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Fourth District--Cleveland

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District business conditions generally improved across a broad base of industries in the six-week period through the middle of July, after a period of uneven growth throughout the spring. Outside of a few categories, most manufacturers reported that production remained steady or rose in recent weeks. And reports from retailers suggested notable improvements in the sector, paced by strong gains at automobile dealerships. As in recent reports, commercial builders continued to see steady improvements in business conditions, while residential builders reported a more mixed economic environment. At the District's banks, loan demand was steady to slightly increasing. And demand for trucking and shipping services continued to be strong, after slowing slightly through the early spring.

Growth in most materials prices moderated through the middle of July, though prices of petroleum-based products and concrete increased more sharply since May. Despite steady improvements in the economic environment in recent months, hiring continued to be modest in most industries. Nevertheless, staffing-services companies reported an increase in the number of job openings, especially for workers with specific skills, such as accountancy and information technology. Contacts at staffing-services firms also noted that these workers were in shorter supply than in the recent past.

Through the six-week period ending in mid-July, production at most District durable goods facilities remained steady, and above the levels of this time a year ago. While inventories were generally reported to be at acceptable levels, more firms cited excessive inventories than was true at this time last year. Nevertheless, most contacts reported that their new orders had risen in recent weeks, and accordingly, they expected production levels to rise throughout the remainder of 2005.

Activity at the District's steel facilities, however, has not been as strong. Contacts cited weaker demand from firms in commercial construction and in automobile and appliance production as part of the explanation for recent declines. These developments have led to larger-than-desired inventories and, along with an increase in imported steel, have pushed prices down for some steel products on the order of 40% from fourth-quarter 2004 levels. Regarding another important District industry, production at automobile assembly plants continued to be above year-ago levels in June, despite some domestic auto producers' recent production cuts.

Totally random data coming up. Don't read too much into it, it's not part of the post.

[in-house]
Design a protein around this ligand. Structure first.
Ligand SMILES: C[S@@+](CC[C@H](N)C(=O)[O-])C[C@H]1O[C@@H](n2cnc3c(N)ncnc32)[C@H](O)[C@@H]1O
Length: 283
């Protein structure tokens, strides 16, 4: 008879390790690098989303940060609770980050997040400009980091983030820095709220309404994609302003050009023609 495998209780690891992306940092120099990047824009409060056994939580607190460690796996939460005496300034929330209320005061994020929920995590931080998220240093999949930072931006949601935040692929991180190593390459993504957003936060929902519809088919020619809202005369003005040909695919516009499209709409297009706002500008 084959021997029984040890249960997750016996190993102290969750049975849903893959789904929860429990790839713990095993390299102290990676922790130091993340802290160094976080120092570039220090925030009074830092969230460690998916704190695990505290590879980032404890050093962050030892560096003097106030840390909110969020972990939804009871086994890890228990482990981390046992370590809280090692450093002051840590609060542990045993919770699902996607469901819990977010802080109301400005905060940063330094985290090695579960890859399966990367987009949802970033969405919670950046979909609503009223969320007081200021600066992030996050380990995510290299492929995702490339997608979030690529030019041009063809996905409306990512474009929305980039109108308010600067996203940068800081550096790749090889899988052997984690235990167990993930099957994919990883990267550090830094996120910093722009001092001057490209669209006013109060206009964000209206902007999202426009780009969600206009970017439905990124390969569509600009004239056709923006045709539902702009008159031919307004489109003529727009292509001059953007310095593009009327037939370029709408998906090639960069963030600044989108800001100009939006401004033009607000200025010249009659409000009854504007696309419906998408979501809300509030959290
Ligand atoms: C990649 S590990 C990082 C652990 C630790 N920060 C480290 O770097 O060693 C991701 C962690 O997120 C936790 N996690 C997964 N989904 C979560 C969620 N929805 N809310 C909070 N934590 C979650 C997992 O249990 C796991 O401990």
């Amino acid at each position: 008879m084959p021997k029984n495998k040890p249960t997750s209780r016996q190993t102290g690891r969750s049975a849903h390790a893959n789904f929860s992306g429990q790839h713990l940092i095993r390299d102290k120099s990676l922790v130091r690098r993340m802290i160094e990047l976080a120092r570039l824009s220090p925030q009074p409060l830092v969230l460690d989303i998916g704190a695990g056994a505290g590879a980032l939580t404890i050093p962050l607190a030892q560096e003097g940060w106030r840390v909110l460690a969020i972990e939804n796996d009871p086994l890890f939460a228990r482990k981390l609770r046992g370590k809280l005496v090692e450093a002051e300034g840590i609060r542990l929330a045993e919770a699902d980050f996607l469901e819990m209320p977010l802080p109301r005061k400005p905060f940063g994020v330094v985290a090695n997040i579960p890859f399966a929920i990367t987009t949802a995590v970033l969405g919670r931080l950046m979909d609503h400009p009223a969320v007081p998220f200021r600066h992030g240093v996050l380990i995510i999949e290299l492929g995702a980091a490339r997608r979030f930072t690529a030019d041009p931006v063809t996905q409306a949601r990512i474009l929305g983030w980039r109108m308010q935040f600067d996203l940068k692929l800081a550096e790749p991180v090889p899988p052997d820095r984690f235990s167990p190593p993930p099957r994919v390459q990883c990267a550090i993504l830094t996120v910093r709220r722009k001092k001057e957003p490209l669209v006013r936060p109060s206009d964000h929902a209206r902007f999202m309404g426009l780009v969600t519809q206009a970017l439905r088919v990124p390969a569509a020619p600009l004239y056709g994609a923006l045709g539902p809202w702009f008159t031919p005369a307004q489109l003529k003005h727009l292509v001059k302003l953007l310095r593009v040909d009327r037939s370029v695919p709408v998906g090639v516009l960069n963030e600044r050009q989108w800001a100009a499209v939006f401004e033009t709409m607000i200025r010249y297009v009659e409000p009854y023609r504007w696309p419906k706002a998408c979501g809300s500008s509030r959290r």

Among nondurable good producers, production was generally characterized as steady or rising, both relative to earlier in the year and to this time last year. According to most contacts, the current pace of new orders suggests steady gains in production through the rest of 2005. While most manufacturers reported that their input costs were flat or falling for the six weeks through the middle of July, costs generally continued to be above year-ago levels, and firms with petroleum-based products as important inputs reported that their input costs rose in recent weeks. Several contacts from durable goods firms reported that their companies were able to successfully increase prices in June and early July. Hiring continued to be limited among most manufacturers, and while durable goods producers generally did not anticipate any significant changes to their capital spending through the end of 2005, several nondurable goods contacts noted that they planned to upgrade equipment, in some cases to improve the energy efficiency of their capital stock.